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Group of crawlers in 1:48 from CCM Caterpillar D8K

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Trucks & Construction - epaper ⋅ Ausgabe 6/2019 vom 15.11.2019

Available again in three versions, the D8K has been released by CCM. after the D9H and D9G, it is the third dozer from the time before the Delta drive …

Artikelbild für den Artikel "Group of crawlers in 1:48 from CCM Caterpillar D8K" aus der Ausgabe 6/2019 von Trucks & Construction. Dieses epaper sofort kaufen oder online lesen mit der Zeitschriften-Flatrate United Kiosk NEWS.

Bildquelle: Trucks & Construction, Ausgabe 6/2019

A bulldozer for every taste: three times a Caterpillar D8K in three different versions.

The D8 is a classic among construction machines. The K series was built from 1974 to 1982 and was powered by the D342 sixcylinder engine producing 300 hp. The machines were available in a Powershift gear or direct drive with weights between 24.27 to 31.98 tons. With an 8U blade and singletooth rear ripping attachment, the maximum weight was 37.65. The cabin, with its ...

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... prominently forward- inclined front, just oozes 70s design while giving optimal protection from the sun’s rays.

The models

Great was the joy when CCM announced a whole trio of the D8Ks. They took great pains when it came to choosing the tools and other equipment for the new models. All three of them, shown with the most commonly used blades, single or triple tooth rippers, rear winch, driver’s cabin or roll-over protection bar and even a version with an enclosed engine compartment are now being delivered. The models arrive at the collector’s home in the well-known boxes with Styropor shells; they feel hefty in the hand and exude value for money. The look so big that the author of this article had to get a D9H model out for comparison. But everything is correct; the D8Ks have been made true to the 1:48 scale.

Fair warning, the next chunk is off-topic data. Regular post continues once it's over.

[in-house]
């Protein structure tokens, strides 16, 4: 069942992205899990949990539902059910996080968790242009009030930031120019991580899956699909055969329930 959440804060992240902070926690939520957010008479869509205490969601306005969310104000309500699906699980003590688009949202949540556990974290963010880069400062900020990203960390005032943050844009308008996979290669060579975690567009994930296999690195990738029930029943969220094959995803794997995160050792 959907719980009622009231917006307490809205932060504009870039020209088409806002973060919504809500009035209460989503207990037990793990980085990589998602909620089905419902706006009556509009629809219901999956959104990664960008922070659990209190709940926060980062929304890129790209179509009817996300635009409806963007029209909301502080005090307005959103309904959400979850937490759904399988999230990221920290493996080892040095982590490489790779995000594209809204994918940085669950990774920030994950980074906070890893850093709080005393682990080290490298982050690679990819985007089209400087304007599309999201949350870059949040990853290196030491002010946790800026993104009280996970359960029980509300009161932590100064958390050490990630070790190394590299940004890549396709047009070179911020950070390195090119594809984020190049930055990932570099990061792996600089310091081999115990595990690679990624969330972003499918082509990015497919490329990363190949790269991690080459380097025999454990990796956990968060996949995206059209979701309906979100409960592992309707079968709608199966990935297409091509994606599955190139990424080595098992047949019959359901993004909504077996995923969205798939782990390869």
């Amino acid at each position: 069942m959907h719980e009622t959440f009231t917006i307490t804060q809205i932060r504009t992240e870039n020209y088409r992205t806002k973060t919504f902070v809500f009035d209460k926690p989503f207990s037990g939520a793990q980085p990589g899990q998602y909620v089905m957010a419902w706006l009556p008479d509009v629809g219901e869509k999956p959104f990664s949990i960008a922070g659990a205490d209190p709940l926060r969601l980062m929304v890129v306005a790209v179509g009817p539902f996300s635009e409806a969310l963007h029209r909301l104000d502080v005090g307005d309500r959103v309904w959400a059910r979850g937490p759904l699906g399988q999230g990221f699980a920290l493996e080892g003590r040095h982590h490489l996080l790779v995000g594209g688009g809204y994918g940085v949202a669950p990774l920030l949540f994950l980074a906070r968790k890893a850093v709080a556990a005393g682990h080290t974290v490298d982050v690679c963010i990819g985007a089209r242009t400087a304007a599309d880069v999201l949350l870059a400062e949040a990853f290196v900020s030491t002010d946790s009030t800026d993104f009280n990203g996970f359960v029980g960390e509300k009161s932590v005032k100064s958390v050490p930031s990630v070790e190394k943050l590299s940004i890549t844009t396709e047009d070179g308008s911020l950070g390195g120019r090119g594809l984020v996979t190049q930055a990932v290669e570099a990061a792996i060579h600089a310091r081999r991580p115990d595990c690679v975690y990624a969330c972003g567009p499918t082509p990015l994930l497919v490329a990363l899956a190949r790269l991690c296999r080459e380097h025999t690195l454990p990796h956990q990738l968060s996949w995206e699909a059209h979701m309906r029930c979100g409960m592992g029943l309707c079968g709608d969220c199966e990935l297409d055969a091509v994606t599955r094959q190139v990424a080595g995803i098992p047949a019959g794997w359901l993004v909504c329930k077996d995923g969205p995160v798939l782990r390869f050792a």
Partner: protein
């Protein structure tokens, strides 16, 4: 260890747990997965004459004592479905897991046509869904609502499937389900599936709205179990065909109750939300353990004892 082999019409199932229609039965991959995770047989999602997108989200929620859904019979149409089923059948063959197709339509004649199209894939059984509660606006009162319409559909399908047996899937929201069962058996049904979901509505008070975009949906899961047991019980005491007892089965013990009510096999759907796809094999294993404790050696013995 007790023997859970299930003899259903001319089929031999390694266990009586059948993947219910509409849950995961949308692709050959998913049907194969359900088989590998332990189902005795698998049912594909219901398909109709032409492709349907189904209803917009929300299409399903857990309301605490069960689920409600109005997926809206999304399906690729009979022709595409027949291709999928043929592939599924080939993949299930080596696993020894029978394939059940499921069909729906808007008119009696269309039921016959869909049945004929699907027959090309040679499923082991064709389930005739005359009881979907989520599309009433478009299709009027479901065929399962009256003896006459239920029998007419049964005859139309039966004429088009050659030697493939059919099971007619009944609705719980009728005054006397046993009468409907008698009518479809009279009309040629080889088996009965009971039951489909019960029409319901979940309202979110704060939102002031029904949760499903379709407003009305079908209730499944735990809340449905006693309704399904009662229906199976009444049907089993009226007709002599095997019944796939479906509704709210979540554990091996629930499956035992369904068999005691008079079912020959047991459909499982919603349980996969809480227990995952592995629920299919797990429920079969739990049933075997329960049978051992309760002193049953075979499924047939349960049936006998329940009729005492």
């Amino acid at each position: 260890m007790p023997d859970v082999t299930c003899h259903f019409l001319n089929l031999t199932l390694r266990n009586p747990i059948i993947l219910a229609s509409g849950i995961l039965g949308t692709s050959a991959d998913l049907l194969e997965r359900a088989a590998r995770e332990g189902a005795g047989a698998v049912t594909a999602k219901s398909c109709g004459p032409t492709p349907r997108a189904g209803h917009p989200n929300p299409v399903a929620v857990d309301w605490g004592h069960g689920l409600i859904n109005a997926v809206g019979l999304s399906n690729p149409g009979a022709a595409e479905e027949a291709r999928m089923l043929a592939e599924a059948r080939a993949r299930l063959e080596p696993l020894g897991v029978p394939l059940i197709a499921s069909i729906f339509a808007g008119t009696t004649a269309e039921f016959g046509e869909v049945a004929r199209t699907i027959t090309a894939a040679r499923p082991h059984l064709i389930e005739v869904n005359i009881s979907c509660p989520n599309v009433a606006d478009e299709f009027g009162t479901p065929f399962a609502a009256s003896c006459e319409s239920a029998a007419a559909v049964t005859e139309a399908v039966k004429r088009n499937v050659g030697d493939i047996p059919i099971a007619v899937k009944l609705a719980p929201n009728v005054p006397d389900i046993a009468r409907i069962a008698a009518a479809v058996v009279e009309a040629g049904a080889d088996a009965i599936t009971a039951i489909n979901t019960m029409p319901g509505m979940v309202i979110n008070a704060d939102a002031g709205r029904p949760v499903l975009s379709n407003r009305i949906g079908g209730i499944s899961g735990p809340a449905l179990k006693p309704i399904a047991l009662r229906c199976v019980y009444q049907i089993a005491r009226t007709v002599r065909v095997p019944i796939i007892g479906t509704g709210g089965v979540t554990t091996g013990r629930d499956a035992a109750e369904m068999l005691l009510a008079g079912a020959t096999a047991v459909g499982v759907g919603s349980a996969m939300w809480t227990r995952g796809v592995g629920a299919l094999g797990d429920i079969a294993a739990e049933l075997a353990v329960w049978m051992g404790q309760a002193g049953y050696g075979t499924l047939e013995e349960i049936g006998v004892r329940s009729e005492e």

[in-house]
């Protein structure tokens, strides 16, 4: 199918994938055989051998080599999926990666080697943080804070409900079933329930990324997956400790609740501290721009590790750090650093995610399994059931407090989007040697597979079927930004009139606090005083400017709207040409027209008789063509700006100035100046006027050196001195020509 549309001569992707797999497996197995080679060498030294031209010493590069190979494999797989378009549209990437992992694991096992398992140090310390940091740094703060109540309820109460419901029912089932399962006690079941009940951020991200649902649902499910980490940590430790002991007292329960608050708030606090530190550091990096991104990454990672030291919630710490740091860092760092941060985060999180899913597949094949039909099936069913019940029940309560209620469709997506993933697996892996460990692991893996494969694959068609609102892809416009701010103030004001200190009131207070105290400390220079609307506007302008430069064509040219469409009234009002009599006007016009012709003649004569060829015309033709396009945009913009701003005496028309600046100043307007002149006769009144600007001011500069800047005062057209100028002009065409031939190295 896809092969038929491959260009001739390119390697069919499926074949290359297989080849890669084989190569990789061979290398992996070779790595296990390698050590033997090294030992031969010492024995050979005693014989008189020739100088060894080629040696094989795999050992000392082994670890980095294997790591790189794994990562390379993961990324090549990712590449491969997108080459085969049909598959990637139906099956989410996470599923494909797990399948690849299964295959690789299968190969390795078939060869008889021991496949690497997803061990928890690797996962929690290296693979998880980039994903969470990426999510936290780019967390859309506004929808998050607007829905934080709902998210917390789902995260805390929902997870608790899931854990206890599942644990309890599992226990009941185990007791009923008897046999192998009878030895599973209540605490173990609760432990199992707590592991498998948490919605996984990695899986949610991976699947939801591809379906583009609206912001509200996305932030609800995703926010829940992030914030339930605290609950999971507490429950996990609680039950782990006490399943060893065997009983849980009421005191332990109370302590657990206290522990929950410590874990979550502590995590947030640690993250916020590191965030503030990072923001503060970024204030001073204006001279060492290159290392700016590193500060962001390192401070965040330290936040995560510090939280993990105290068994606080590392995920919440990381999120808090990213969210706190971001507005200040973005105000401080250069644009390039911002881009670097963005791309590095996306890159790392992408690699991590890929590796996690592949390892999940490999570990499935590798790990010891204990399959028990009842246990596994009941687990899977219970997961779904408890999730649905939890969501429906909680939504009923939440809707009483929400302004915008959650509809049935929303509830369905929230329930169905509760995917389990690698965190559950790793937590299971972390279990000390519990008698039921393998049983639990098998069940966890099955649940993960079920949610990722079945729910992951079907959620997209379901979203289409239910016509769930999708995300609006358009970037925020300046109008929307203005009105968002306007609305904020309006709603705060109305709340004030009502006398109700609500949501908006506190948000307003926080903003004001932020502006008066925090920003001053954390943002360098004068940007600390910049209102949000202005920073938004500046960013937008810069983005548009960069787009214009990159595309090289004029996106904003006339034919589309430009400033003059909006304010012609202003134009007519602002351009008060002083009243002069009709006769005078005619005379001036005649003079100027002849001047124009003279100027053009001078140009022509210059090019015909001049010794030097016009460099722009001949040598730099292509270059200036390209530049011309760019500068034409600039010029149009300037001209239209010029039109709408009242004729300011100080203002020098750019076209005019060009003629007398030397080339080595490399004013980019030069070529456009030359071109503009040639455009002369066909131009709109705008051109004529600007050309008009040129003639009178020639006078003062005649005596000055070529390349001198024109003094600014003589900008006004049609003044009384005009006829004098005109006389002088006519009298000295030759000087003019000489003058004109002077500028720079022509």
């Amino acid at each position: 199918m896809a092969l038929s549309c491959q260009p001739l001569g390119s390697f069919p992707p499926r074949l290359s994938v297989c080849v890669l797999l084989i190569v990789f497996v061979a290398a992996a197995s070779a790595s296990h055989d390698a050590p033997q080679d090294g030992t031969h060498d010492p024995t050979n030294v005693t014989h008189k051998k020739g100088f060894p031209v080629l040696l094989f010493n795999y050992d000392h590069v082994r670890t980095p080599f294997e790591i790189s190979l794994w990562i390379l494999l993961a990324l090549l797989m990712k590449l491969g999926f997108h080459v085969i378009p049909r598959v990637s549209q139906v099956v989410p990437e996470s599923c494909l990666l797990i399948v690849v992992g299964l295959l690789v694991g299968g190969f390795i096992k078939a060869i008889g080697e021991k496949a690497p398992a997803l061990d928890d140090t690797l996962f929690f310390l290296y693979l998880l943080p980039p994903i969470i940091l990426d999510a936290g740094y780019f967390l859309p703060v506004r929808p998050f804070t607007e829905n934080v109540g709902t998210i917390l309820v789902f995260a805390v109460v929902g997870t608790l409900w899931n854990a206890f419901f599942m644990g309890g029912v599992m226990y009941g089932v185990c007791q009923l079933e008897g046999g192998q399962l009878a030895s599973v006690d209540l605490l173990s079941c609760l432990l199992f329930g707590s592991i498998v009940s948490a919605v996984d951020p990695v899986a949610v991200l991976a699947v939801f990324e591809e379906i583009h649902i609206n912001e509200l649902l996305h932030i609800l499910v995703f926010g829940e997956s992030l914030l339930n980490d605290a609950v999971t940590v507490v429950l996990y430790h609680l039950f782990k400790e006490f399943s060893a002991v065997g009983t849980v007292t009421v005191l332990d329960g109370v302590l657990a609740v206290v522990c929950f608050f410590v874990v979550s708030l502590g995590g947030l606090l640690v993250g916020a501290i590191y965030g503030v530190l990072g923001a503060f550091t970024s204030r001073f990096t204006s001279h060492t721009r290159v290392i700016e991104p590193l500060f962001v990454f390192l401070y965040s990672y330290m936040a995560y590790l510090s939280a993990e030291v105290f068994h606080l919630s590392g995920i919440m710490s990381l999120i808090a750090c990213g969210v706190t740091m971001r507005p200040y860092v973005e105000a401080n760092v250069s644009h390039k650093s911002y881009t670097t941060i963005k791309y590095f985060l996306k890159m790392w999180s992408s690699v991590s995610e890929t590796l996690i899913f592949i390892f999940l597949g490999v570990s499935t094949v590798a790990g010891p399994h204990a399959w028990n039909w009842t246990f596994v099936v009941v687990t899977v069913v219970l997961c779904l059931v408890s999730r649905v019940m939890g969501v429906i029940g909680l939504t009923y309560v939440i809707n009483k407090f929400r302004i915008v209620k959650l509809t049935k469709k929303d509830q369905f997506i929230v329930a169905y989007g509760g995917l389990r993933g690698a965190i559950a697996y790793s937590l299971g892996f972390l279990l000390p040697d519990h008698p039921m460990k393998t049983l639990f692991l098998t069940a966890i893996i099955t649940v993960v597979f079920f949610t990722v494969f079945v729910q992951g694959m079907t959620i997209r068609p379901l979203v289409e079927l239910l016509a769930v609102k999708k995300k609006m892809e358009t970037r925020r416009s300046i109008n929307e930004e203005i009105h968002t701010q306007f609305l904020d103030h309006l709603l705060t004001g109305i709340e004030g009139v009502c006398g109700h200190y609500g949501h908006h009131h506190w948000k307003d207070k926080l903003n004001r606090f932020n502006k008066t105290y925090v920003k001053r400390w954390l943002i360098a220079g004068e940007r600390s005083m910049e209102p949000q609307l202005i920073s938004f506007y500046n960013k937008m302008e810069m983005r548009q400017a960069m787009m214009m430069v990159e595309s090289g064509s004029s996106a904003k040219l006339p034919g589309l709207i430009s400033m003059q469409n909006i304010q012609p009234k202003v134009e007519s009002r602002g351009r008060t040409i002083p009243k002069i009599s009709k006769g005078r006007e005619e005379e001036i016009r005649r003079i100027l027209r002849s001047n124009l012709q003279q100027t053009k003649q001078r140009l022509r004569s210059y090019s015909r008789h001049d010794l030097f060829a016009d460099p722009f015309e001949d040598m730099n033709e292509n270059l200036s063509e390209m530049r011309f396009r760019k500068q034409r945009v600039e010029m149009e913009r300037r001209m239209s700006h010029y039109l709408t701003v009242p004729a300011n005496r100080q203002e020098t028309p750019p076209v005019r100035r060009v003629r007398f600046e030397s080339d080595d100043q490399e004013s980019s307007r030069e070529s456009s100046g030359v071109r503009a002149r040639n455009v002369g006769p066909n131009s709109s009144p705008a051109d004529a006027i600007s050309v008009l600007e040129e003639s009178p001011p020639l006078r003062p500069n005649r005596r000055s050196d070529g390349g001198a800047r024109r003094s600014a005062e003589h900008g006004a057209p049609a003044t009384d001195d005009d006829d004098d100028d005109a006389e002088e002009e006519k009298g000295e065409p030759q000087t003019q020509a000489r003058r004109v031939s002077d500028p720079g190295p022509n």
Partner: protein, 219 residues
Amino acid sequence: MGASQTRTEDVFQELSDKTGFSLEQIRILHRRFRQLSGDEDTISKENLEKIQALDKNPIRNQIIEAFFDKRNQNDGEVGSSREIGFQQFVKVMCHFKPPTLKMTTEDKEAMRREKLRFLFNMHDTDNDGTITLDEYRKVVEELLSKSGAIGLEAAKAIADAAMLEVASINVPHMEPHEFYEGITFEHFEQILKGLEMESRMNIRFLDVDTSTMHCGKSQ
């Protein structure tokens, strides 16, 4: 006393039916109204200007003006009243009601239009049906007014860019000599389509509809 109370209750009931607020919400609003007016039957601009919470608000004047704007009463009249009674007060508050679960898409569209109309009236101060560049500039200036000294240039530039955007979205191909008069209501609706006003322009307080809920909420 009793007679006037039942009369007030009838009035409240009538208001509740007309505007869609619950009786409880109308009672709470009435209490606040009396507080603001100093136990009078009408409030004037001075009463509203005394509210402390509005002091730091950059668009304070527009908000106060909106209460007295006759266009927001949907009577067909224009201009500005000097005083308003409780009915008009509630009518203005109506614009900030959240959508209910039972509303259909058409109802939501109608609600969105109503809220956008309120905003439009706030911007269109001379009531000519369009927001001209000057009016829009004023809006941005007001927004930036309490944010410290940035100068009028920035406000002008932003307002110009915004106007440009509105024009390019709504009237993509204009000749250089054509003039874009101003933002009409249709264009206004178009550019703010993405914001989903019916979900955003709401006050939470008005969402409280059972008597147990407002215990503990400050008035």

The frame for the drives is exactly engraved and the guide wheel is sprung in such a way that the metal tracks turn very easily. Because of the tracks not being mounted in a precision way they tend to be drawn inwards at the front. Running and support wheels are dummies and the track support brackets oscillate as on the original. They are arranged in pairs opposite each other.

As per usual, the engine has been detailed and equipped with supply lines and further secondary power units. On the version with the covers, the engine can be seen through the finely etched grating. The shape of the engine hood and the very finely done radiator grill are very likable and so is the typical K-Series silencer with exhaust that is placed in the middle of the engine hood.